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Canada’s top five federal contaminated sites to cost taxpayers billions to clean up

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YELLOWKNIFE –

With a cost estimate of $4.38 billion, remediation of the Giant Mine, one of the most contaminated sites in Canada, is also expected to be the most expensive federal environmental cleanup in the country’s history.

The figure, recently approved by the Treasury Board of Canada, spans costs from 2005 until 2038, when active remediation at the former Yellowknife gold mine is anticipated to end. That includes $710 million the federal government said has already been spent, but does not include costs forlong-term care and maintenance.

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“It doesn’t bother me so much that it’s going to cost $4 billion to clean up Giant Mine. What really bothers me is that the taxpayer is covering that cost,” said David Livingstone, chair of the Giant Mine Oversight Board.

It indicates the federal government failed to ensure private developers provided financial security to remediate sites. He said while that has improved over time, there will likely be more issues in the future.

“We as a society need to get a better handle on what it costs us to support mining industry and oil and gas industry,” he said. “If the numbers suggest that it’s going to cost more to clean up a site than that site generated in revenue to the Crown, we’ve got a problem.”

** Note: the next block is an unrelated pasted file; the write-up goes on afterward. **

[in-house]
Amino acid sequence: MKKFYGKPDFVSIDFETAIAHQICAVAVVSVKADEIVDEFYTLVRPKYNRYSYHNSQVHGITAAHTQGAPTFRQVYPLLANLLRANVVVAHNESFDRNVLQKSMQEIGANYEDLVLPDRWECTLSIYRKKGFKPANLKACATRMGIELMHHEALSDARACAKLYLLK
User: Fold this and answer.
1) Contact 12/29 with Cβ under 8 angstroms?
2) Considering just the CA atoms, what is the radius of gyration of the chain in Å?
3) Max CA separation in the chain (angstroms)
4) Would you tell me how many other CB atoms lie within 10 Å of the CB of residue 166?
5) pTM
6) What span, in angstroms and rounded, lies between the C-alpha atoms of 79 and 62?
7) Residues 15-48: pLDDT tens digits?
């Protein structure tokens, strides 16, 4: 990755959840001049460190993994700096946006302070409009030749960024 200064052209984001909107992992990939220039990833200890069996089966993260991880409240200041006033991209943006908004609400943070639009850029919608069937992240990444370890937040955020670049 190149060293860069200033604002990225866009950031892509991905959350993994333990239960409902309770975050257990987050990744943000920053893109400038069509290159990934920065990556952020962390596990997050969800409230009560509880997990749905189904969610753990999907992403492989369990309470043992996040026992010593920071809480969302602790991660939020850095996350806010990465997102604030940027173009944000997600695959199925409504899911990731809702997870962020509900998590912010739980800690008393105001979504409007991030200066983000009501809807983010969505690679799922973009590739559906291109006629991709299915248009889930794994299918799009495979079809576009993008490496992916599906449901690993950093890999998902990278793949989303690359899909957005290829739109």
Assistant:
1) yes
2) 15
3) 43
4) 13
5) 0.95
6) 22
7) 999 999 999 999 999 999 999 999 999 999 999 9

There are more than 20,000 locations listed in the federal contaminated sites inventory, from dumps and abandoned mines to military operations on federal land.

Environment and Climate Change Canada says that after Giant Mine, the four most expensive cleanups are the Faro Mine in Yukon, the Port Hope Area Initiative in Ontario, Esquimalt Harbour in British Columbia and Yukon’s United Keno Hill Mine.

More than $2 billion has been spent on the five sites so far, and it’s anticipated they will cost taxpayers billions more in the coming years. Their final price tags are not yet known.

The most recent numbers from the Treasury Board of Canada indicate more than $707 million has been spent on remediation, care and maintenance at Faro Mine, a former open pit lead-zinc mine.Its remediation project is expected to take 15 years to complete and is currently estimated to cost $1 billion, plus $166 million for the first 10 years of long-term operation and maintenance.

Parsons Inc. was awarded a $108-million contract in February for construction, care and maintenance at Faro Mine until March 2026, with the option to extend the contract for the duration of active remediation. The company said the contract could ultimately span 20 years and exceed $2 billion.

In 2012, Ottawa committed $1.28 billion in funding over 10 years for the cleanup of historical low-level radioactive waste in the municipalities of Port Hope and Port Grandby, Ont. To date more than $722 million has been spent on assessment and remediation.

The Port Grandby Project was completed earlier this year and has moved into long-term monitoring for hundreds of years. The Port Hope cleanup, which started in 2018, will continue into 2030.

The cleanup in the Esquimalt Harbour seabed in Victoria currently has a budget of $162.5 million. Roughly $214 million has already been spent on remediation and assessment. The Department of National Defence said that may include costs before 2015, when the remediation project began.

Cleanup of United Keno Hill Mine, a historical silver, lead and zinc mining property near Yukon’s Keno City, is estimated to cost $125 million, including $79 million during its active reclamation phase. That is expected to begin in 2023 and take five years, followed by a two-year transition phase then long-term monitoring and maintenance. More than $67 million has been spent on remediation, care and maintenance at the site so far.